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January 10, 2010 | By Art Winslow
Nothing to Envy Ordinary Lives in North Korea Barbara Demick Spiegel & Grau: 320 pp., $26 In her early 20s, Mi-ran became a schoolteacher in a North Korean village not far from where her parents lived. She was lucky: Her father, a southerner taken prisoner by the north during the Korean War and not allowed to repatriate, was politically suspect, which meant that Mi-ran's family occupied a low rung in the politically defined caste system imposed by Kim Il-sung (postwar head of state and father of Kim Jong-il, North Korea's current leader)
February 6, 2011 | By Jeffrey Fleishman and Amro Hassan, Los Angeles Times
Police radios crackled with panic the day President Hosni Mubarak's grip on the nation was shattered. Reinforcements didn't arrive. Tear gas ran out. Arms grew weary from swinging batons. And so it was with a rush and a push on that last Friday in January that tens of thousands of protesters advanced and the momentum, like a tide pulled unexpectedly in another direction, changed. The miscalculations and crossed signals of Jan. 28, a day that one police captain calls "Black Friday," marked the unthinkable: Mubarak's 30-year-long reviled police state was overrun by Egyptians no longer intimidated by the sound of boots and the glare of shields.
April 28, 2002 | GRAHAME L. JONES
It seems that Emperor Akihito and Empress Michiko of Japan will be attending the World Cup final and closing ceremony on June 30 in Yokohama. Knowing the predilection of emperors--in fable, if not in fact--one presumes the emperor will be wearing some clothes. It's difficult to be certain, however, because dress is becoming quite the topic of debate as the World Cup approaches. Take Nigeria, for instance. Last week fans of the Super Eagles were in an uproar over the new look of their national team--not the players who make up the team, but the jerseys those players wear.
December 8, 2001
Your Dec. 2 editorial, "Questioning Secrecy," is absolutely on target. Congress indeed must ask some hard questions about President Bush's sudden and sweeping erosion of civil liberties in the name of combating terrorism. Assuming dictatorial powers, Bush has now in effect declared the Bill of Rights null and void, with secret tribunals, trashing of the attorney-client privilege, racial profiling and other encroachments on civil liberties. Bush also is imposing secrecy in government on issues that have nothing at all to do with the terrorist attacks.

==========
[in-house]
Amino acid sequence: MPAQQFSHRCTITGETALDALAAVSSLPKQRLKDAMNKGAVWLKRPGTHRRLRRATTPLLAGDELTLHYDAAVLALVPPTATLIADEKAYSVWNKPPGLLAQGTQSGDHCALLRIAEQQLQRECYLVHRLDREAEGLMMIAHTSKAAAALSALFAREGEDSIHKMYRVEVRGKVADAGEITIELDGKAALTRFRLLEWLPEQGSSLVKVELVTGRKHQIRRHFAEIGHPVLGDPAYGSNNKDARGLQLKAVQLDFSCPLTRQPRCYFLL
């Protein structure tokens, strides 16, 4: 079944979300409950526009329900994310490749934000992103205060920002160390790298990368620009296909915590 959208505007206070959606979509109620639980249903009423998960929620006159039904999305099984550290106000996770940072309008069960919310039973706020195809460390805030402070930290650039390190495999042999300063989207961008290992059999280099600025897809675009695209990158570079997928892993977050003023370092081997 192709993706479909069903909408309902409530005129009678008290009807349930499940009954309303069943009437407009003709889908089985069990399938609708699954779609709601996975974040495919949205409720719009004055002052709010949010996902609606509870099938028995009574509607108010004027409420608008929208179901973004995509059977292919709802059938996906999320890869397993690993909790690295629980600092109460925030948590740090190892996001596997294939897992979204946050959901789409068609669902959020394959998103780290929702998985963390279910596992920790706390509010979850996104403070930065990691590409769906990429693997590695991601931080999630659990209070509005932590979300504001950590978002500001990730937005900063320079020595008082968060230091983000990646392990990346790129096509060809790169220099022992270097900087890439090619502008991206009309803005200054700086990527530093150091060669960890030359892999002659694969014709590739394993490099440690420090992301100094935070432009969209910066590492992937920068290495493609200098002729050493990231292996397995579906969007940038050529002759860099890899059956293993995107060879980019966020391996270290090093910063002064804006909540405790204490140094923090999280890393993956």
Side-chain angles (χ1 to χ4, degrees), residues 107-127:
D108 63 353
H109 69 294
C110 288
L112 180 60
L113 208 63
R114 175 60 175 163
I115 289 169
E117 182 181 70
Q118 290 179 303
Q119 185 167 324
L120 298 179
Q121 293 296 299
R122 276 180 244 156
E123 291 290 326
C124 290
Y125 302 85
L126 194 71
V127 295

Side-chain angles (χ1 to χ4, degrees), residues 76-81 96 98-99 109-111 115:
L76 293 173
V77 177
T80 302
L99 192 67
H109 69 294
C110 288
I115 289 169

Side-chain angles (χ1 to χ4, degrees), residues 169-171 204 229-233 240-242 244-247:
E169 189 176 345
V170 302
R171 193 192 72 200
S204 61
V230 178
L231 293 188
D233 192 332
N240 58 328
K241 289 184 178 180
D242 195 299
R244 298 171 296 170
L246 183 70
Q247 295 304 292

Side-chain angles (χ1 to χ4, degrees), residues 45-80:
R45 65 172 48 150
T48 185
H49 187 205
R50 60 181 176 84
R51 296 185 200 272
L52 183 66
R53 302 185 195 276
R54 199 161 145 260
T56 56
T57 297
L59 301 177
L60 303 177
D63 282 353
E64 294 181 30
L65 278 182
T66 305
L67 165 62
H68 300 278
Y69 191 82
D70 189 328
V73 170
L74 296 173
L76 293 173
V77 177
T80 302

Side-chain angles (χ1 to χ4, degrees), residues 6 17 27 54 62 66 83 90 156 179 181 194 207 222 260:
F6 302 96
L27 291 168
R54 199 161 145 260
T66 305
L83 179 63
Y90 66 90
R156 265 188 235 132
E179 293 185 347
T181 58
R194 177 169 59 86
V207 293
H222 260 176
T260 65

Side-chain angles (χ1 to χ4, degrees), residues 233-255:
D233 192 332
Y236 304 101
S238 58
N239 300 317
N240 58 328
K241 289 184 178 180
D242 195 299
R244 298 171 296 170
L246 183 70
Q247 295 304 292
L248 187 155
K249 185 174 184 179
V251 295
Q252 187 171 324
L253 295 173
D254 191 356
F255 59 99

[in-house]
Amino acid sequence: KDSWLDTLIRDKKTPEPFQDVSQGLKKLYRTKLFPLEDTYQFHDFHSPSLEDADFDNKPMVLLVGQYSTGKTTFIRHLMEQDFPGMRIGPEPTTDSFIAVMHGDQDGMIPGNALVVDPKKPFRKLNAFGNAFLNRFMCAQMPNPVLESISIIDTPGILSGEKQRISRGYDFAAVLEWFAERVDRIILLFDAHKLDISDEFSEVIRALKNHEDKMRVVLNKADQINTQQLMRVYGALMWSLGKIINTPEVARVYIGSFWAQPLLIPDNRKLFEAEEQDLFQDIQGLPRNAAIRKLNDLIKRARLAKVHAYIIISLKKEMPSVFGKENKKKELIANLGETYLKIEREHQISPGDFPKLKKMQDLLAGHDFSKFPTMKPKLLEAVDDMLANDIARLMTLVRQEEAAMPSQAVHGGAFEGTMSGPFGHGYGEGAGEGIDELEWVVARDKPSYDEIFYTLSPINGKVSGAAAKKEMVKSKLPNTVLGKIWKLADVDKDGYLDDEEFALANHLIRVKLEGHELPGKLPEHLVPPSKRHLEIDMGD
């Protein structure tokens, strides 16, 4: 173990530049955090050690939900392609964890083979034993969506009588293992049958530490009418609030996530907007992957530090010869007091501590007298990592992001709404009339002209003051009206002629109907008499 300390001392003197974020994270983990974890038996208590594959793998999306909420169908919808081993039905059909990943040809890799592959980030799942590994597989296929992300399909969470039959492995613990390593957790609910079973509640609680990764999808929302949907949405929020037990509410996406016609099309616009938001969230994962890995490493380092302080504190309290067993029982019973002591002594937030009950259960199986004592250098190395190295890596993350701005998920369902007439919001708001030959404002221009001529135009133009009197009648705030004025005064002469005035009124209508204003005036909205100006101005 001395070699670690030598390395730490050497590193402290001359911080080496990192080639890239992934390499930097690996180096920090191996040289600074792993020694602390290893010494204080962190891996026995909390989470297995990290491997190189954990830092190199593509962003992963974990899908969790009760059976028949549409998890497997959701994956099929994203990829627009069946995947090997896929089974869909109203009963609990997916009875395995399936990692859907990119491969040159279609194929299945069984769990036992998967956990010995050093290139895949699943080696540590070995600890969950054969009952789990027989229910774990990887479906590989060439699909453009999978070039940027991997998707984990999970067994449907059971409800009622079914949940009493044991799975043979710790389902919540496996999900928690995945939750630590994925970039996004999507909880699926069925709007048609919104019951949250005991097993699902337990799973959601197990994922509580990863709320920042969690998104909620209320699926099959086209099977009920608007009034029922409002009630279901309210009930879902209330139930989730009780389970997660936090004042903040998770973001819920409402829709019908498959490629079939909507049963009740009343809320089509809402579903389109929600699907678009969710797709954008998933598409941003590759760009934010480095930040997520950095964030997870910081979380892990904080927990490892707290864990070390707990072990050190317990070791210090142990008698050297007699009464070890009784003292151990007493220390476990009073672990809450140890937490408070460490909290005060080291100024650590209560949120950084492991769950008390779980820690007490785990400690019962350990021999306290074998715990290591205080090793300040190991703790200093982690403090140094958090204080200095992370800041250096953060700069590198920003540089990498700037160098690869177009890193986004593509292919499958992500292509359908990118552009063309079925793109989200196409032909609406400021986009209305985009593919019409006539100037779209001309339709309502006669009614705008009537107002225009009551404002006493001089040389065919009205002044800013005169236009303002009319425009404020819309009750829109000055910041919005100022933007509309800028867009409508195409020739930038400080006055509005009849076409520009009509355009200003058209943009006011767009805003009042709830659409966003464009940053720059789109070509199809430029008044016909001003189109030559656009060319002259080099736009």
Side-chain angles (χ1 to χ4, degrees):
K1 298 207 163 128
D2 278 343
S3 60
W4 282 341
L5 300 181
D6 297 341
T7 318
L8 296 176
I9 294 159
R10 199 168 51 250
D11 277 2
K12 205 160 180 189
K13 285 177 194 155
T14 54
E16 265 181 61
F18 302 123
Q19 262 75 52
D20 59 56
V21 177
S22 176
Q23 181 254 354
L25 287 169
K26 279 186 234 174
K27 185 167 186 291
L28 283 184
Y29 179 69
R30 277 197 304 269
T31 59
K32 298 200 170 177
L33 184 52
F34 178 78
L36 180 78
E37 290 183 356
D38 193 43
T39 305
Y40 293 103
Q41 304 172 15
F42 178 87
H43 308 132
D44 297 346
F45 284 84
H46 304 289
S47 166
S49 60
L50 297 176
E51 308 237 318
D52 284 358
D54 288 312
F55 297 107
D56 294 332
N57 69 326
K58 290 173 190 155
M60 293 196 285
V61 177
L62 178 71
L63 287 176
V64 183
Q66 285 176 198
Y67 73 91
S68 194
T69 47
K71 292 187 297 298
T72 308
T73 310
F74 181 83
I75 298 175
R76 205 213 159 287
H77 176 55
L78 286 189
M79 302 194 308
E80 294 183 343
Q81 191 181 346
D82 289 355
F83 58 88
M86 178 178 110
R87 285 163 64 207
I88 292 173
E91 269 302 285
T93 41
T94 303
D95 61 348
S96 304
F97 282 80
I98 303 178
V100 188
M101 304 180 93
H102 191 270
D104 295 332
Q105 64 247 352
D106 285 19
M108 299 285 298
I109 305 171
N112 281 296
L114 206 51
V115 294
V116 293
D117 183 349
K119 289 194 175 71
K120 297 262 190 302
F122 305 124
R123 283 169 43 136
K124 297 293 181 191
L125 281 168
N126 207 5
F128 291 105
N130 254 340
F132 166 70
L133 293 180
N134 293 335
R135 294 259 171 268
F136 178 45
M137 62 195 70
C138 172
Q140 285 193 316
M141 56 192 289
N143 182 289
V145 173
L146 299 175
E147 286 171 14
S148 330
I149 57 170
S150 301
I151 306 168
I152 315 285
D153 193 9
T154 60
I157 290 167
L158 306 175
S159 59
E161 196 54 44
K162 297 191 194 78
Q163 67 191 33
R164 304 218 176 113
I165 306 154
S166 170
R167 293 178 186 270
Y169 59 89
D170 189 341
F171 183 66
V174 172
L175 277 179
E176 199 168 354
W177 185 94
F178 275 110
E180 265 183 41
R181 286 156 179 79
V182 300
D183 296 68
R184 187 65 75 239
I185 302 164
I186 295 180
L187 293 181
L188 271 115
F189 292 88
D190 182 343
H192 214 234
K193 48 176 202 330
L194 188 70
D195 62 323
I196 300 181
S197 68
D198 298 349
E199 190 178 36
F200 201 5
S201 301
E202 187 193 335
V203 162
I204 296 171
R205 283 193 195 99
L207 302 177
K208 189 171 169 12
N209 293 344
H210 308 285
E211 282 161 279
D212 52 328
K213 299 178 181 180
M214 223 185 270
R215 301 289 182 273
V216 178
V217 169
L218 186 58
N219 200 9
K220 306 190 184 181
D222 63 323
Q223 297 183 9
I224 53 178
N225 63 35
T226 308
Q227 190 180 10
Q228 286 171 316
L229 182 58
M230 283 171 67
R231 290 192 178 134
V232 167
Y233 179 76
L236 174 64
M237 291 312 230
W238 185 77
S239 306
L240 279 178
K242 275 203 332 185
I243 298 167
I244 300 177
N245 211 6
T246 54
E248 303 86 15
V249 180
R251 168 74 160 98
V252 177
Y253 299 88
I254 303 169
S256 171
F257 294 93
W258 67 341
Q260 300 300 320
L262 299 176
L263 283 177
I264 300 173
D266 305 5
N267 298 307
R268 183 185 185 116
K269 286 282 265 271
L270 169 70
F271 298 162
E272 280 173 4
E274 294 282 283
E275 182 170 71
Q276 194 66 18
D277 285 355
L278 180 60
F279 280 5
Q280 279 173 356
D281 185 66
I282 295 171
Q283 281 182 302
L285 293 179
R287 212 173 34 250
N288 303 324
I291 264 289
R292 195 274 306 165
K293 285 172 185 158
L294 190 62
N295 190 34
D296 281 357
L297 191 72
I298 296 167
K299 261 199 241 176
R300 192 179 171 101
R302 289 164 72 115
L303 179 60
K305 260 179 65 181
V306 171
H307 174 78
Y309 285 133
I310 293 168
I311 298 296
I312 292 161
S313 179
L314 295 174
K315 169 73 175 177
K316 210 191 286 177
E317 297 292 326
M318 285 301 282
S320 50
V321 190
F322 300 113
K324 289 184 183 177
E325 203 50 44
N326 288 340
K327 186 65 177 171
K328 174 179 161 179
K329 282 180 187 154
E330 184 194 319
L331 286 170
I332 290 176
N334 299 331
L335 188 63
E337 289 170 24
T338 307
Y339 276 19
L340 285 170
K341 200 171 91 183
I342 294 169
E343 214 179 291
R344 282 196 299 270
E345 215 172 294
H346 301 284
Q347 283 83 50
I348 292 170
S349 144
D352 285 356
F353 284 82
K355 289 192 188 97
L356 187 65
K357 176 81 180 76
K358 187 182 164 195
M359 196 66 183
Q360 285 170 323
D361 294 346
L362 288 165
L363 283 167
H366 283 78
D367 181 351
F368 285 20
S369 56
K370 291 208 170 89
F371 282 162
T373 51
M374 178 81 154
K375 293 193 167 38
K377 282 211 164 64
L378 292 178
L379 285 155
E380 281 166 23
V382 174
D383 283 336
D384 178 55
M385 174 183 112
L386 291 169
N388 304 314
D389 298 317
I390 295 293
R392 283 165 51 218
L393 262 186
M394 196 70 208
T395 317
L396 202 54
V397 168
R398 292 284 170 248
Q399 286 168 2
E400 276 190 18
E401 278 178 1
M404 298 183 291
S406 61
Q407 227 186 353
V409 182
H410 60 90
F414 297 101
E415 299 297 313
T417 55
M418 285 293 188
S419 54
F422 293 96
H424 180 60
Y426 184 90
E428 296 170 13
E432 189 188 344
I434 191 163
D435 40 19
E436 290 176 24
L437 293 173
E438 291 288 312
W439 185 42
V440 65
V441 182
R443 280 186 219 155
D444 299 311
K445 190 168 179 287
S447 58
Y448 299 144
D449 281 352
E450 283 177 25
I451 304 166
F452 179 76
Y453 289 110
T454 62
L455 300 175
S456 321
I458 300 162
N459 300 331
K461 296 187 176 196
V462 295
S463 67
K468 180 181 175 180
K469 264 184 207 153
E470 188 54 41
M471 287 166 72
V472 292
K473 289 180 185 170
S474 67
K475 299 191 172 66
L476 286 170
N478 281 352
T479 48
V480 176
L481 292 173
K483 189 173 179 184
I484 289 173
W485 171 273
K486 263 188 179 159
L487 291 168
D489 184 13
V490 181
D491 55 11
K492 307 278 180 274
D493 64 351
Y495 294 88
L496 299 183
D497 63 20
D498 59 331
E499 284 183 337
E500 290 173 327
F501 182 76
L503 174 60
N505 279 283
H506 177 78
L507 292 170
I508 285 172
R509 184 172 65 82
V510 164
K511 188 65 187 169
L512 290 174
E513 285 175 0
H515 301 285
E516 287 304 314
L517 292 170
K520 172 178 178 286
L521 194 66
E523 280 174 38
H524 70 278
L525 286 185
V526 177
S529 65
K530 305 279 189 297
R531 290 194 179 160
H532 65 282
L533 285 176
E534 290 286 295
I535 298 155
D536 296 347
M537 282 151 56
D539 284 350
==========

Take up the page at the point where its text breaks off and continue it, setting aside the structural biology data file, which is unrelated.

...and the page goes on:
June 12, 1987 | MICHAEL WEINSTEIN, Michael Weinstein is the coordinator of the Los Angeles AIDS Hospice Committee
It's axiomatic that a lie repeated often enough becomes truth. It was Josef Stalin who said, "Paper will take anything that's written on it." Lately the opinion pages of newspapers have been littered with statements about the alleged irresponsibility of the gay community in stopping the spread of AIDS. This would be funny if it were not so tragic.
December 18, 1986 | STEPHANIE CHAVEZ, Times Staff Writer
Alarmed by a 200% increase in drunk driving fatalities in the San Fernando Valley, police said Wednesday that officers are teaming up with state Alcoholic Beverage Control Department agents to conduct surprise bar inspections, citing and arresting drunken patrons and the bar owners who serve them. Several hundred Valley bars will be inspected over the holidays by the teams which will consist of two uniformed police officers and an ABC investigator, authorities said.
January 23, 1992
The Police Department has been awarded a state grant to help officers identify and prosecute "career criminals." Police Chief Joseph Santoro said a combination of funds from the city and the California Office of Criminal Justice Planning will be received over four years, beginning July 1. During that time, the state will contribute $378,000 and the city will give $92,000, Santoro said. The money will pay for a crime analysis unit with computer equipment and two staff members.
September 6, 2000 | From Times Wire Reports
More than 900 federal police staged a surprise raid on a state prison in northern Mexico, detaining all of its guards and transferring at least 125 inmates to other institutions. The Federal Preventive Police said it was the fifth in a series of raids meant to clean up some of the country's troubled prisons. The 960 federal police, accompanied by 42 drug-sniffing dogs, struck during the change of guards at the Coahuila state prison in Torreon, about 500 miles northwest of Mexico City.
October 31, 2013 | By Kate Mather
The Torrance Police Department unveiled a new forensics laboratory Wednesday, filled with state-of-the-art equipment that officials said would expedite their analysis of evidence and better assist with investigations.  Dozens of civic leaders, community members and law enforcement officials gathered at the Police Department to tour the new $1.5-million facility - a bright, gleaming space filled with cameras, computer screens and "CSI"-reminiscent machines...
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